The food you eat gets broken down into glucose, which then either gets promptly used for energy or gets stored for use later. Insulin is the hormone that directs and manages the glucose in your body. It can direct glucose to 1 of 4 places. Some of these places quickly use the glucose and others store it. The brain is the winner's circle for a glucose molecule but only a small fraction of the body's total glucose makes it directly to the brain.
When glucose is passed over by the brain, it's next preferred destination is the liver. The liver readily uses the glucose for complex molecular bodily function. The liver has limited storage capacity. And over time the liver can begin to ignore the directions of the insulin, also known as insulin resistant (IR), taking in less and less glucose, leaving it in the bloodstream to move on to one of the last two places it can go, the skeletal muscles or to fat cells.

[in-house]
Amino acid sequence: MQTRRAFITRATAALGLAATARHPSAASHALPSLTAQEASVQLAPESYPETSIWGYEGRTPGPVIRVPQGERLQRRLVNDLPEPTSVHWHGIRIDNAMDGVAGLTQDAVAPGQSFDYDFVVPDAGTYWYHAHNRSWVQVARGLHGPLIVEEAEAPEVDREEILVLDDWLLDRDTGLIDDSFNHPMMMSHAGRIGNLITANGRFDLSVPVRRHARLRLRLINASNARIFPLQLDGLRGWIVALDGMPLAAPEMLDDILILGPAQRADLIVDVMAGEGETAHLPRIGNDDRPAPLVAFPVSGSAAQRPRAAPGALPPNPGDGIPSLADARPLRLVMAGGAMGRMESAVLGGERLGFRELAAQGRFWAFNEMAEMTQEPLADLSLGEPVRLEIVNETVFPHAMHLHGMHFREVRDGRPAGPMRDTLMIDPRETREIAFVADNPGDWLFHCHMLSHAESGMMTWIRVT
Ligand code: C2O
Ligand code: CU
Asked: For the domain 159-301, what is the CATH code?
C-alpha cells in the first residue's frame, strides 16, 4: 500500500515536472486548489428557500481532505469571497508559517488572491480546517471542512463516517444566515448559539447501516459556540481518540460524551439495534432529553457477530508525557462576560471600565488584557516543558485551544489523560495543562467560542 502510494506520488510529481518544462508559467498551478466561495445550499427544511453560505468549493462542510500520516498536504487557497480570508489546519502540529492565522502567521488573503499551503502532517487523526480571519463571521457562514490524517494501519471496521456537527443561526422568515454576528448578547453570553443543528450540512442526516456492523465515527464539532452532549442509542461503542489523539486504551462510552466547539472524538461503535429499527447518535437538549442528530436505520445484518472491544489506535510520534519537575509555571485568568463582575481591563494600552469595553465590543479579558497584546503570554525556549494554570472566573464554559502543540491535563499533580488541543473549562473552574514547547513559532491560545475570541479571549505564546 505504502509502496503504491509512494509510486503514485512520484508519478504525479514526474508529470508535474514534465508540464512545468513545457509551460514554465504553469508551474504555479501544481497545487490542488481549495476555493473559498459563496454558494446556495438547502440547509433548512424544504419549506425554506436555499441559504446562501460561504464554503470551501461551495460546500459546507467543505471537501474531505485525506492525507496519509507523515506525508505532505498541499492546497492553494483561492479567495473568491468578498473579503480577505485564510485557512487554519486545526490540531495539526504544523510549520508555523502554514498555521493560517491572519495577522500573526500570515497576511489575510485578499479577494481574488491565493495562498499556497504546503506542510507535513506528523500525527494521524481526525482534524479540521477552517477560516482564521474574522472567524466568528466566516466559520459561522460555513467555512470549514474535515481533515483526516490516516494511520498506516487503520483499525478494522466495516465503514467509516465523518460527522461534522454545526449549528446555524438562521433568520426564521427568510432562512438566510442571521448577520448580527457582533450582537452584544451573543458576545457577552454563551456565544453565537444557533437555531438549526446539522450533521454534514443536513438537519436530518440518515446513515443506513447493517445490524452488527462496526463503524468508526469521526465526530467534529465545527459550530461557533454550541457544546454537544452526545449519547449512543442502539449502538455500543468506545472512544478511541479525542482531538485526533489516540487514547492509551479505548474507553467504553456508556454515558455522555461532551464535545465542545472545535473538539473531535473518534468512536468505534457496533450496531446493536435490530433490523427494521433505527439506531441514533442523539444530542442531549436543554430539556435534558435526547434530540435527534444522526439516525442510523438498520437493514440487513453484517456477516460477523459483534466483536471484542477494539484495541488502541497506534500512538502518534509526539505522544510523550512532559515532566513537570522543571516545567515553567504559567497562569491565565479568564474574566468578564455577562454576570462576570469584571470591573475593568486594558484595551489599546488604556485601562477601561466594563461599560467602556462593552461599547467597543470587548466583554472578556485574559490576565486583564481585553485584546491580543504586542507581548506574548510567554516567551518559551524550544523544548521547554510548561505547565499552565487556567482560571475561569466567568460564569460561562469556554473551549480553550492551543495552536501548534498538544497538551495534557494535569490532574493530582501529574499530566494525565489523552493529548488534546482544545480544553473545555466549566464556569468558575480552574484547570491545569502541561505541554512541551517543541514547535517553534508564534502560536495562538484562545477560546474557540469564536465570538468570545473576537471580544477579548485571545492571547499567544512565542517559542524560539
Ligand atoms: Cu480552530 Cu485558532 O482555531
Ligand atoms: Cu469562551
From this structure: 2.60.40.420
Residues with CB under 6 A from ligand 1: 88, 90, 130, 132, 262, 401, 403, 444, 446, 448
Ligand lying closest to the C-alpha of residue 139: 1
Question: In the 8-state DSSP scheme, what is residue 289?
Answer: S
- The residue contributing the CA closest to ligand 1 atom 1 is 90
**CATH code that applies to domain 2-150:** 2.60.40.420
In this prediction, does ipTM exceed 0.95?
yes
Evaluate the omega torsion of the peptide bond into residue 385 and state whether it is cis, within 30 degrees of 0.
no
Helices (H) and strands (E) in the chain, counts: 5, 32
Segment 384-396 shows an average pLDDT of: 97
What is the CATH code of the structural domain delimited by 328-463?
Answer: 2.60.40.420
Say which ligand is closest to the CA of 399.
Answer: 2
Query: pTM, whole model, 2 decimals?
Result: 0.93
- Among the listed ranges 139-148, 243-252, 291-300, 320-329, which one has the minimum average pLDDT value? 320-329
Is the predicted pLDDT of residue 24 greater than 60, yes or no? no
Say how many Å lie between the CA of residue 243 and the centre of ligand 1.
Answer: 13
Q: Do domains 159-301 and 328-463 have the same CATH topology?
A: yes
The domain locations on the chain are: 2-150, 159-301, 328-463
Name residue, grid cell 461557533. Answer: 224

Muscle both burns and stores the glucose. The more a muscle is used, the more glucose it burns and the larger the muscle becomes; allowing it to store more glucose. Therefore, exercise is important to managing diabetes, prediabetes, impaired glucose tolerance, and insulin resistance. Exercise helps to reduce the amount of insulin both the liver and the muscles need to manage the blood's glucose level. The less insulin your body requires, the better.
The last place that insulin can put the glucose in your blood, is into fat cells. And guess what? Your body can make as many fat cells as it needs, and it can expand each fat cell as many as 4 times! Need I say this is the worst option? But statistics show that this is, by far, the most common. Recent data shows that over 70% of Americans over the age of 20 are overweight; with over 37% of those being medically obese. This reflects piss poor management of insulin in epidemic proportions.
It is important to note that if there is glucose present in the bloodstream, the body will not draw on existing fat cells for energy. And when glucose is low the body will prompt you to consume something else to eat for a quick fix. So, while exercise boosts the optimal use and storage of glucose, better managing what you eat is paramount to controlling how well your body uses insulin.